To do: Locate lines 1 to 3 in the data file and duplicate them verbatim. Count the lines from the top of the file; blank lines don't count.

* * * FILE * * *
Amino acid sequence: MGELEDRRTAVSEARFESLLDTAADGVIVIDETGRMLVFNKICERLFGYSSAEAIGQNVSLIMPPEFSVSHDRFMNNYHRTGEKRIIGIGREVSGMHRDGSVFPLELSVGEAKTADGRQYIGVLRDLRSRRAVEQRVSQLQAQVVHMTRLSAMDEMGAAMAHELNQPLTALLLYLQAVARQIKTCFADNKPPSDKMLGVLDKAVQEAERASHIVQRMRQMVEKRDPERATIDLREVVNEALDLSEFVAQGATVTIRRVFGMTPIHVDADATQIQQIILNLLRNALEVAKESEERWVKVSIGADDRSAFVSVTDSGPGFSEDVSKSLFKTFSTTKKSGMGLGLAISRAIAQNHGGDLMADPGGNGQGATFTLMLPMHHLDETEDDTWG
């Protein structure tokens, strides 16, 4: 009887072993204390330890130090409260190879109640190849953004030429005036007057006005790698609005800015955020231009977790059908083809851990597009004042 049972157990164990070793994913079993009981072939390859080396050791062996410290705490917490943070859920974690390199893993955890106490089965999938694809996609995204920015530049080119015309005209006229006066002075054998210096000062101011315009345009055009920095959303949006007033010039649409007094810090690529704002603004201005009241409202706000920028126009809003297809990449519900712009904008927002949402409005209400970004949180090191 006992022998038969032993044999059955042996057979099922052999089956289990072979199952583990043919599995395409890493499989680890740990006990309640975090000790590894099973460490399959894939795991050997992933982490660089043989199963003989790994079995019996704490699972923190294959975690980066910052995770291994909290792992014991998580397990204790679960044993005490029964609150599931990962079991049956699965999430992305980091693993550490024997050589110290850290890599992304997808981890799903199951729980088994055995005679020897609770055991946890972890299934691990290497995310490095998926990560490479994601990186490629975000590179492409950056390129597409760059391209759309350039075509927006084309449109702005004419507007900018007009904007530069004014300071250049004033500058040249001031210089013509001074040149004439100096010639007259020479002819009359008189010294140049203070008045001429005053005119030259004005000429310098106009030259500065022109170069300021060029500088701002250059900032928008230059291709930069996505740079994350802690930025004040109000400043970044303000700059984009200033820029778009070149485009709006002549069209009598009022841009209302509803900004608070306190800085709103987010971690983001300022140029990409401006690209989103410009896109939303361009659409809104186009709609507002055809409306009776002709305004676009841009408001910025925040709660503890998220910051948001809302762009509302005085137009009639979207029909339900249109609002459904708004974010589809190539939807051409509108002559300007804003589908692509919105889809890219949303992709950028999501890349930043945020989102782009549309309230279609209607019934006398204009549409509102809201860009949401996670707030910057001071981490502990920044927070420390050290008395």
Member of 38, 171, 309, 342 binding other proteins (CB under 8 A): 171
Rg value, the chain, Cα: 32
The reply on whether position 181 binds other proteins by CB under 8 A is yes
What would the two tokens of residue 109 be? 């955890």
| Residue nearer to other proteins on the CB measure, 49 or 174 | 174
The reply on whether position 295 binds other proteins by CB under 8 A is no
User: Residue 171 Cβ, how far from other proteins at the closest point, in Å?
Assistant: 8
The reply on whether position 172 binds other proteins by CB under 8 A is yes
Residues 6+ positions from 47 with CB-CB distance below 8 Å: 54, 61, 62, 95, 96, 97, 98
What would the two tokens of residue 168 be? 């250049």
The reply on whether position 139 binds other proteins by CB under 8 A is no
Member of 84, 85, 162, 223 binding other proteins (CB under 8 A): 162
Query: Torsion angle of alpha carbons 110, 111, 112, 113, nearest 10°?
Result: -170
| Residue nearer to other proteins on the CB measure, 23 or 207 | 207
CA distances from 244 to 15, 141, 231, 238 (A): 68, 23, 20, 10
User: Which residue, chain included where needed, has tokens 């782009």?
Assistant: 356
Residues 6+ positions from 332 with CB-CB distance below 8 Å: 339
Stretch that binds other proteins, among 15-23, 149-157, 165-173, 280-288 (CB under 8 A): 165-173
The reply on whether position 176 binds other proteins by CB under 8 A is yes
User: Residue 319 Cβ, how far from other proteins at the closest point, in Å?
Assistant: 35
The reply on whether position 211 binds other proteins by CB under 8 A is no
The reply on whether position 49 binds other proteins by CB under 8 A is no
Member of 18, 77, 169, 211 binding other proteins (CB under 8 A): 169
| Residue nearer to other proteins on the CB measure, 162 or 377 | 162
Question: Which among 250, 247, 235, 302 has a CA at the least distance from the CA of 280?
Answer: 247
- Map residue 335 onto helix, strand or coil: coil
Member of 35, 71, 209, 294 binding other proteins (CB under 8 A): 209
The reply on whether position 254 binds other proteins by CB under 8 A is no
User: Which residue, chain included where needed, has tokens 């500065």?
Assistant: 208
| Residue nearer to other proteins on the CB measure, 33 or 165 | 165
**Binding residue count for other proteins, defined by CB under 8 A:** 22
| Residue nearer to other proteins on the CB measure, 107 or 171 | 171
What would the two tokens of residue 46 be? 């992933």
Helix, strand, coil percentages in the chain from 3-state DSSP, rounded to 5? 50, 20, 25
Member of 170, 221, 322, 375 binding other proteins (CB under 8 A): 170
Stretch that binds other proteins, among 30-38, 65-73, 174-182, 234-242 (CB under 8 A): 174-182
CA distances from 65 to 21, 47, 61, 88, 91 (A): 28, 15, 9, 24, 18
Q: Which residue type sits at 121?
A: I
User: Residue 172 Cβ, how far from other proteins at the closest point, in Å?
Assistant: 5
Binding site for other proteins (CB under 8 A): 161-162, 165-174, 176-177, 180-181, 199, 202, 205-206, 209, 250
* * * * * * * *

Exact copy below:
Amino acid sequence: MGELEDRRTAVSEARFESLLDTAADGVIVIDETGRMLVFNKICERLFGYSSAEAIGQNVSLIMPPEFSVSHDRFMNNYHRTGEKRIIGIGREVSGMHRDGSVFPLELSVGEAKTADGRQYIGVLRDLRSRRAVEQRVSQLQAQVVHMTRLSAMDEMGAAMAHELNQPLTALLLYLQAVARQIKTCFADNKPPSDKMLGVLDKAVQEAERASHIVQRMRQMVEKRDPERATIDLREVVNEALDLSEFVAQGATVTIRRVFGMTPIHVDADATQIQQIILNLLRNALEVAKESEERWVKVSIGADDRSAFVSVTDSGPGFSEDVSKSLFKTFSTTKKSGMGLGLAISRAIAQNHGGDLMADPGGNGQGATFTLMLPMHHLDETEDDTWG
């Protein structure tokens, strides 16, 4: 009887072993204390330890130090409260190879109640190849953004030429005036007057006005790698609005800015955020231009977790059908083809851990597009004042 049972157990164990070793994913079993009981072939390859080396050791062996410290705490917490943070859920974690390199893993955890106490089965999938694809996609995204920015530049080119015309005209006229006066002075054998210096000062101011315009345009055009920095959303949006007033010039649409007094810090690529704002603004201005009241409202706000920028126009809003297809990449519900712009904008927002949402409005209400970004949180090191 006992022998038969032993044999059955042996057979099922052999089956289990072979199952583990043919599995395409890493499989680890740990006990309640975090000790590894099973460490399959894939795991050997992933982490660089043989199963003989790994079995019996704490699972923190294959975690980066910052995770291994909290792992014991998580397990204790679960044993005490029964609150599931990962079991049956699965999430992305980091693993550490024997050589110290850290890599992304997808981890799903199951729980088994055995005679020897609770055991946890972890299934691990290497995310490095998926990560490479994601990186490629975000590179492409950056390129597409760059391209759309350039075509927006084309449109702005004419507007900018007009904007530069004014300071250049004033500058040249001031210089013509001074040149004439100096010639007259020479002819009359008189010294140049203070008045001429005053005119030259004005000429310098106009030259500065022109170069300021060029500088701002250059900032928008230059291709930069996505740079994350802690930025004040109000400043970044303000700059984009200033820029778009070149485009709006002549069209009598009022841009209302509803900004608070306190800085709103987010971690983001300022140029990409401006690209989103410009896109939303361009659409809104186009709609507002055809409306009776002709305004676009841009408001910025925040709660503890998220910051948001809302762009509302005085137009009639979207029909339900249109609002459904708004974010589809190539939807051409509108002559300007804003589908692509919105889809890219949303992709950028999501890349930043945020989102782009549309309230279609209607019934006398204009549409509102809201860009949401996670707030910057001071981490502990920044927070420390050290008395």
Member of 38, 171, 309, 342 binding other proteins (CB under 8 A): 171